Director of the National Science Foundation: Who Is Dr. France Córdova?
President Barack Obama has nominated an astrophysicist who started out as a creative writer and has divided her scientific career between public service and work in academia to be the next head of the National Science Foundation. Dr. France Anne Córdova, who is president emerita of Purdue University, would succeed Dr. Subra Suresh, who took the job in June 2010.
Born August 5, 1947, and baptized as Françoise at Notre Dame Cathedral in Paris, France, France Córdova is the oldest of twelve children of an Irish-American mother and a Mexican-American father. Her father, Frederick Córdova, was a West Point graduate posted in Paris to supervise the Cooperative for American Remittances Everywhere (CARE), a nonprofit organization set up after World War II to distribute food and clothing in war-torn Europe. France graduated Bishop Amat High School in La Puente, California, and went on to Stanford University, where she earned a B.A. in English in 1969.
As part of an anthropology class at Stanford, Córdova conducted field work at a Zapotec Indian pueblo in Oaxaca, Mexico, writing a novella based on her experiences, The Women of Santo Domingo, which was named one of the top ten entries in a contest sponsored by Mademoiselle magazine. She also turned a collection of Zapotec recipes into a cookbook, and spent much of the 1970s as a staff member at The Los Angeles Times news service.
Initially inspired by the July 1969 moon landing, Córdova decided on a radical career change, from writing to physics. She earned a PhD in Physics at the California Institute of Technology in 1979, where she was one of only two women in a class of eighteen. Her dissertation was entitled, “X-ray observations of dwarf novae.”
Starting her career as a scientist, Córdova served as staff scientist in the Earth and Space Sciences Division at Los Alamos National Laboratory from 1979 to 1989 and as deputy group leader from 1988 to 1989. Moving on to academia, she was chair of the Department of Astronomy and Astrophysics at Penn State University from 1989 to 1993.
Returning to government service, Córdova was the youngest ever and first woman to serve as NASA chief scientist, the primary scientific advisor to NASA administration and a key bridge between NASA and the broader scientific community, from 1993 to 1996.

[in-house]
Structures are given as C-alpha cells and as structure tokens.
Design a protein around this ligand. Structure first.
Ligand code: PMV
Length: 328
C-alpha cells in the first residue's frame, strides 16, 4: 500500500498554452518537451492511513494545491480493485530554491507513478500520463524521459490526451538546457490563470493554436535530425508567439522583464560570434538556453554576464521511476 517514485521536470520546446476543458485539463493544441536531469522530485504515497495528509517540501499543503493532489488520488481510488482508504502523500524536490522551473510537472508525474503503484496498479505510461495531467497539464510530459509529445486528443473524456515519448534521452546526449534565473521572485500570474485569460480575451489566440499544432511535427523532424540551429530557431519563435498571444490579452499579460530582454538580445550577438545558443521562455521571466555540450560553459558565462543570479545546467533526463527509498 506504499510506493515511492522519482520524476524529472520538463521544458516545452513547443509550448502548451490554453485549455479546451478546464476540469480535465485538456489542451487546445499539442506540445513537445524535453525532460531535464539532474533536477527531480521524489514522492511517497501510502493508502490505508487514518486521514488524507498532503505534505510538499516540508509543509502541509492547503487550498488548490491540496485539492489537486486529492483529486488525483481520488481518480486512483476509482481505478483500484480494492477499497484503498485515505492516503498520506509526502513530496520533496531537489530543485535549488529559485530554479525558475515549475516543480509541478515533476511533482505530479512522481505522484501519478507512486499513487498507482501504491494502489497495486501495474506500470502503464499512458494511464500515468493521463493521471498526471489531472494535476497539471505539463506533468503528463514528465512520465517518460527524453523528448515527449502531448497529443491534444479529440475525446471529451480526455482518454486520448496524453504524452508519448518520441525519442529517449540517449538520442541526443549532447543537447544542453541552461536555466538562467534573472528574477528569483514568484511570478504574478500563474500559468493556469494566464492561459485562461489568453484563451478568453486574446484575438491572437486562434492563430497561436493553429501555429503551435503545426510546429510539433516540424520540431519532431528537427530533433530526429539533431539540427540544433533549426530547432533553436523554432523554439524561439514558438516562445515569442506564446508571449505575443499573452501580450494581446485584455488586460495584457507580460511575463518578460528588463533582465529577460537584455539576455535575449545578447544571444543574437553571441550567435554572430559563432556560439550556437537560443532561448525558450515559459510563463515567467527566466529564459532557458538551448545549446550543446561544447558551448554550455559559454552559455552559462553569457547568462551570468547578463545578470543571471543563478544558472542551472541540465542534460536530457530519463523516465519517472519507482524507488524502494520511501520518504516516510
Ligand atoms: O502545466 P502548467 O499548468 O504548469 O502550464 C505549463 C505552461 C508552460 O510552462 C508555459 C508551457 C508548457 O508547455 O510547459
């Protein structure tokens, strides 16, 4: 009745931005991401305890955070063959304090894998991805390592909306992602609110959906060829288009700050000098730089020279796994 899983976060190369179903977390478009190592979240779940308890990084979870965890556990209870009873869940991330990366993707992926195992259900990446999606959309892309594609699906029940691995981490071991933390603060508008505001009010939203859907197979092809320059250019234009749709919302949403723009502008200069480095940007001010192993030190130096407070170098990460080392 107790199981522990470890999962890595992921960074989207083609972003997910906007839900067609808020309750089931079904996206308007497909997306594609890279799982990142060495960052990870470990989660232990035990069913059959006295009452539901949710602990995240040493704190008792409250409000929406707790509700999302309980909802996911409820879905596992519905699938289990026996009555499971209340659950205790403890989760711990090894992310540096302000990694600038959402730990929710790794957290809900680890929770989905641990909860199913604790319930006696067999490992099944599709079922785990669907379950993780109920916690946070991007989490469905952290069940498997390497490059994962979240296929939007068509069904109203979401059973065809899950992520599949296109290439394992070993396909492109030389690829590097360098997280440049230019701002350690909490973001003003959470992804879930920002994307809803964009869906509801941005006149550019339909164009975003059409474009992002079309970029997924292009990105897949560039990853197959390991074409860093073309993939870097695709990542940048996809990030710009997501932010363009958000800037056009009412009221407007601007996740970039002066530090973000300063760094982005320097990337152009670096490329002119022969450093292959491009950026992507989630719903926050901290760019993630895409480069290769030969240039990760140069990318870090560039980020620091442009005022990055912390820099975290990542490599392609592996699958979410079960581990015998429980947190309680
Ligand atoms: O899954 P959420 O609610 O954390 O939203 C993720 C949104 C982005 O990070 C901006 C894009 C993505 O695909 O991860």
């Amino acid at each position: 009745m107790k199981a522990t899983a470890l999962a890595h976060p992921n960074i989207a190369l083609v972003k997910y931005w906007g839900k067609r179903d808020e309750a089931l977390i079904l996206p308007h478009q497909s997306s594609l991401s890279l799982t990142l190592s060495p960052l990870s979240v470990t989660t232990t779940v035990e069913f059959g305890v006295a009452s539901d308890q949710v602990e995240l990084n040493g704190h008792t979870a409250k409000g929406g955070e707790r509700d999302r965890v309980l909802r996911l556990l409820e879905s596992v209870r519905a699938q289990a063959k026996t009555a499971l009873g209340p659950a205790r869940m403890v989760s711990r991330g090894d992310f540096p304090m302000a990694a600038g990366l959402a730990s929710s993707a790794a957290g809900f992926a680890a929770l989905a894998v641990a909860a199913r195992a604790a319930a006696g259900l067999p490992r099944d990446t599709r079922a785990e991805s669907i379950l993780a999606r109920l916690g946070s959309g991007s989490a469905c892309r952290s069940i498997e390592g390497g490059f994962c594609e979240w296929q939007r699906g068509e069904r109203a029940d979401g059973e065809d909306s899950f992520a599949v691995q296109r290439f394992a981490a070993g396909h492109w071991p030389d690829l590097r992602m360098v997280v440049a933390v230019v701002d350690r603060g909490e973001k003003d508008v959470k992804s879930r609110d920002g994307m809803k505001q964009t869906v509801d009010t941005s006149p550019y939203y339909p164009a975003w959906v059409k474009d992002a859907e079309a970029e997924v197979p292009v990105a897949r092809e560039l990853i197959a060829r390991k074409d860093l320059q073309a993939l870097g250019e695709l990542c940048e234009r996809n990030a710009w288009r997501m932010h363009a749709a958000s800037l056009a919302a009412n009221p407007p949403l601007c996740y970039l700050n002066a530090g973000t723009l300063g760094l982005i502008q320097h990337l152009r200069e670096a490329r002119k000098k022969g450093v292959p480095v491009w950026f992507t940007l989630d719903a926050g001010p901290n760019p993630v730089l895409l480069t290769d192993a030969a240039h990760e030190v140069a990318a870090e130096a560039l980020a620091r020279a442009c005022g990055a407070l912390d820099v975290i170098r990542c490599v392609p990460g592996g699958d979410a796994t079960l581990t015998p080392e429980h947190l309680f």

Córdova returned to academia in a series of mostly administrative roles. She served as vice-chancellor for Research and a professor of Physics at the University of California at Santa Barbara from 1997 to 2002, and as chancellor and distinguished professor of Physics and Astronomy at the University of California at Riverside from 2002 to 2007.
In 2007, Córdova was named president of Purdue University, where she presided over the establishment of Purdue’s College of Health and Human Sciences and its Global Policy Research Institute. As she stepped down in 2012, Purdue re-named its Córdova Recreational Sports Center, whose $98 million renovation was approved during her presidency.
Córdova’s scientific contributions have been in the areas of observational and experimental astrophysics, multi-spectral research on x-ray and gamma ray sources, and space-borne instrumentation. She has published more than 150 scientific papers, and has a current experiment on the European Space Agency’s X-Ray Multi-Mirror Mission.
In September 2007, she was appointed to the board of directors of BioCrossroads, a government program trying to convert Indiana into a high-tech hotbed based on science and public-private collaborations. Córdova was appointed by President George W. Bush to the National Science Board in 2008, and by Barack Obama to the board of regents of the Smithsonian Institution in 2009. She was elected to the American Academy of Arts & Sciences, and is a national associate of the National Academies.
Córdova is married to science educator Christian J. Foster, whom she met while rock climbing in 1983, and with whom she has two adult children, Anne-Catherine and Stephen.
To Learn More:
France Anne Córdova (Notable Hispanic American Women, Book 2)
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